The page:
…scripted, both locally and in CI. We're currently using a solution with Vagrant and Puppet that lets us spin up consistently formatted build boxes.
Leaky Test State
In production, the agent starts once per process. However, in a test run, the agent might restart hundreds of times. We've had to take care to avoid a leaking state between tests. Otherwise we could …
…1.1.19, 1.5, 7, upgrades for Puppet and and many more bug and security fixes.
We've included the usual Brightbox Ruby deployment stack and our "next generation" Ruby 1.8.7 and 1.9.3 packages, as well as the latest passenger. A significant change from Lucid-based Brightboxes is that Ruby 1.9.3 is now the default , as Ruby 1.8.7 is end-of-life from June 2013. If you still require 1.8.7, the included ruby-switch tool makes …
I find it harder to validate exit codes (again and again and again) in bash than using a DSL (which is what Chef and Puppet essentially are). The code in your cookbooks ( Chef) or manifests ( Puppet) is certainly not faster than a shell script but a lot easier to read and more maintainable in the end.
Bash-scripting is not hard either, but in order to produce a set of scripts …
…example. This makes role assignments highly script-able, whether you're using Chef, Puppet, or Moonshine.
Fine-tuned for large environments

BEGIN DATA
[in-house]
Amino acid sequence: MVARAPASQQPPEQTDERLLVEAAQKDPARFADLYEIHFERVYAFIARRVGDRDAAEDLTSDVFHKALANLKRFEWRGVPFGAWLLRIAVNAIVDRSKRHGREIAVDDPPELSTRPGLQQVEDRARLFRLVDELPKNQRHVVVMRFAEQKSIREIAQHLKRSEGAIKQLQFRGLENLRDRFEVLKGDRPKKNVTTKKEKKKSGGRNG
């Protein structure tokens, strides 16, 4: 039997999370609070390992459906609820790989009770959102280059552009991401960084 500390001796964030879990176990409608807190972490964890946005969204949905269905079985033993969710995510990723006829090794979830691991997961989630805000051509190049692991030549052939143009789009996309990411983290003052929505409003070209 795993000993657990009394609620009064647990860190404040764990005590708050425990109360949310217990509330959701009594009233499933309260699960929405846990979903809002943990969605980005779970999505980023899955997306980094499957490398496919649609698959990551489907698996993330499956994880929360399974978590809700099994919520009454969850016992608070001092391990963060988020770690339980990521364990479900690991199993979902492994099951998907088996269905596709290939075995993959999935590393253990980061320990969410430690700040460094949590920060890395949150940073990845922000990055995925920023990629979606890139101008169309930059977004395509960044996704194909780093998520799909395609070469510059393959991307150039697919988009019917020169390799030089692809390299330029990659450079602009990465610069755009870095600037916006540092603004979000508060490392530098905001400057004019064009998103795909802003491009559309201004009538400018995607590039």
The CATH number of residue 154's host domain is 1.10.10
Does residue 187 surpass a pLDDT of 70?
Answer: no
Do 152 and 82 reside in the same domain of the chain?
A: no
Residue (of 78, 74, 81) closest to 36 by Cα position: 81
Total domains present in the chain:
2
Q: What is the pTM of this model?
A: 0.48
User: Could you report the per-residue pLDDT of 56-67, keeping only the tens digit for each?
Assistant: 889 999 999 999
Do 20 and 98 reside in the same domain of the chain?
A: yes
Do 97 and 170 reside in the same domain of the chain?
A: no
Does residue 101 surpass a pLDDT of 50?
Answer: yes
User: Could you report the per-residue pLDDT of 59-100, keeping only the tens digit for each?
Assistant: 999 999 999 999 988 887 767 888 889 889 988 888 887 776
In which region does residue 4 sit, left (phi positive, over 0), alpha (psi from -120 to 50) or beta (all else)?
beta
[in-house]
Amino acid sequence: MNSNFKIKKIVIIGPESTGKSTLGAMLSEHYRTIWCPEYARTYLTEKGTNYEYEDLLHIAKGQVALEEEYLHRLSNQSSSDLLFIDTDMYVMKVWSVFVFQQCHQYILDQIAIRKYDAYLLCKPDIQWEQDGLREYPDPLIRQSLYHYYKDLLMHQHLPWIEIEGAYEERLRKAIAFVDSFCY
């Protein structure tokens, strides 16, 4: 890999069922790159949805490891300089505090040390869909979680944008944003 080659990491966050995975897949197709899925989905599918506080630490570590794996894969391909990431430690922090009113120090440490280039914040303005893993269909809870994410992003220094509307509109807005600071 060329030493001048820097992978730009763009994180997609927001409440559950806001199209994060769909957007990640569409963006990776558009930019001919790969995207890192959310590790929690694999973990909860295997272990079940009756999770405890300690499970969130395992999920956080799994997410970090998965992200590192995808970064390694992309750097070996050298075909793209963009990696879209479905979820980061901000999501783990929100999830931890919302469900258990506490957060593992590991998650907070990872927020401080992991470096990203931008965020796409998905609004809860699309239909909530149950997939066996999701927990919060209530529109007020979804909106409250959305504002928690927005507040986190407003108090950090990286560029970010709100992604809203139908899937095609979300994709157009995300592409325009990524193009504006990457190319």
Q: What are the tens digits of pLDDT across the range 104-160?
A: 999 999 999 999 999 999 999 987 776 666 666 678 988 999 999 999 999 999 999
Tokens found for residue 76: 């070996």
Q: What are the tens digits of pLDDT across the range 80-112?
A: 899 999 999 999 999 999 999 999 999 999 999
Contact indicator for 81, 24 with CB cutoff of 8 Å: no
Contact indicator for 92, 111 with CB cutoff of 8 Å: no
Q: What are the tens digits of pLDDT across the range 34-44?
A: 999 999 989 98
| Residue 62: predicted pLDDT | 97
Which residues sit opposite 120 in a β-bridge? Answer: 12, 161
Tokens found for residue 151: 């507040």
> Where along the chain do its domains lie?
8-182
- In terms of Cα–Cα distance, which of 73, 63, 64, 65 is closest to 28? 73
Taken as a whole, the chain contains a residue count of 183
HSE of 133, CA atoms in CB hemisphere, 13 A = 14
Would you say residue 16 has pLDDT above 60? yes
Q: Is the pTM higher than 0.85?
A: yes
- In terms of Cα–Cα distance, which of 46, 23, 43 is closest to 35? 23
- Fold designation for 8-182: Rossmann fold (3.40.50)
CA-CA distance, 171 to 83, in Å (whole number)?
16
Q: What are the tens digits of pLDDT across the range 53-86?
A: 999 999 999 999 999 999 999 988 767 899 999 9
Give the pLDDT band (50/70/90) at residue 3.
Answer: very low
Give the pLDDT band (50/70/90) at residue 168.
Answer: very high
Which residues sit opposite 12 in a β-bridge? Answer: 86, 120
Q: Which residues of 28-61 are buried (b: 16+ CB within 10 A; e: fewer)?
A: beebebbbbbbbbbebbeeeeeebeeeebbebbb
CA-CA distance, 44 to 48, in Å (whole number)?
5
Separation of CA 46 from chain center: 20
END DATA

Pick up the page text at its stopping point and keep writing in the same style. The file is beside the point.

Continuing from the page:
With the recent notification group changes and now roles, we're making monitoring easier for large environments. Our previous tools -- cloud keys and plugin copy-paste -- were useful, but it was easy for things to get out of sync. Roles our our answer for keeping monitoring in sync in large environments.
Roles in Summary
With Roles, we …
…Jesse Aukeman , about the different ways they're monitoring the success or failure of Puppet runs.
If you are like us, you are running some type of linux configuration management tool. The value of centralized configuration and deployment is well known and hard to overstate. Puppet is our tool of choice. It is powerful and works well for us, except when things don't go as planned. Failures of puppet can be innocuous and cosmetic, or they can cause production issues, …
Score +2 if you have used Chef or Puppet or other deployment automation tools,
Score - 5 if you generally use ftp to deploy applications,
Score +1 if you ride a bike,
Score +1 if you play an instrument,
Score +1 if you speak another language,
Score +1 if you paint, draw, sculpt, and build things,
Score +1 if you keep a blog,
Score +1 if …
Score +1 if you have usedor Puppet or other deployment automation tools.
Score - 5 if you've only used ftp to deploy applications.
Score +1 if you ride a bike.
Score +1 if you play an instrument.
Score +1 if you speak another language.
Score +2 if you are a dog or cat.
Let us know your score by sending an email to firstname.lastname@example.org . Tell us a bit about yourself, what you've worked on, what kinds of problems you like to solve. We'll follow up and …
Matthias Marschall wrote a great peice last week on the pitfalls of making manual changes to production systems. TL, ; Making manual changes in the heat of the moment will bite you at the most inopportune times .
The article finishes out with this suggestion:
You should have your configuration management tool (like Puppet or) setup so that you can try out possible solutions without having to go in and do it manually.
In my experience, this is the key to solving the problem.
…of managing an army of developer laptops. Theuses the and Puppet and has been in development for 6 months. It enables a developer to script a configuration for his laptop (e.g. , Ruby, , a text editor, custom aliases, etc) and have that configuration automatically installed on a new .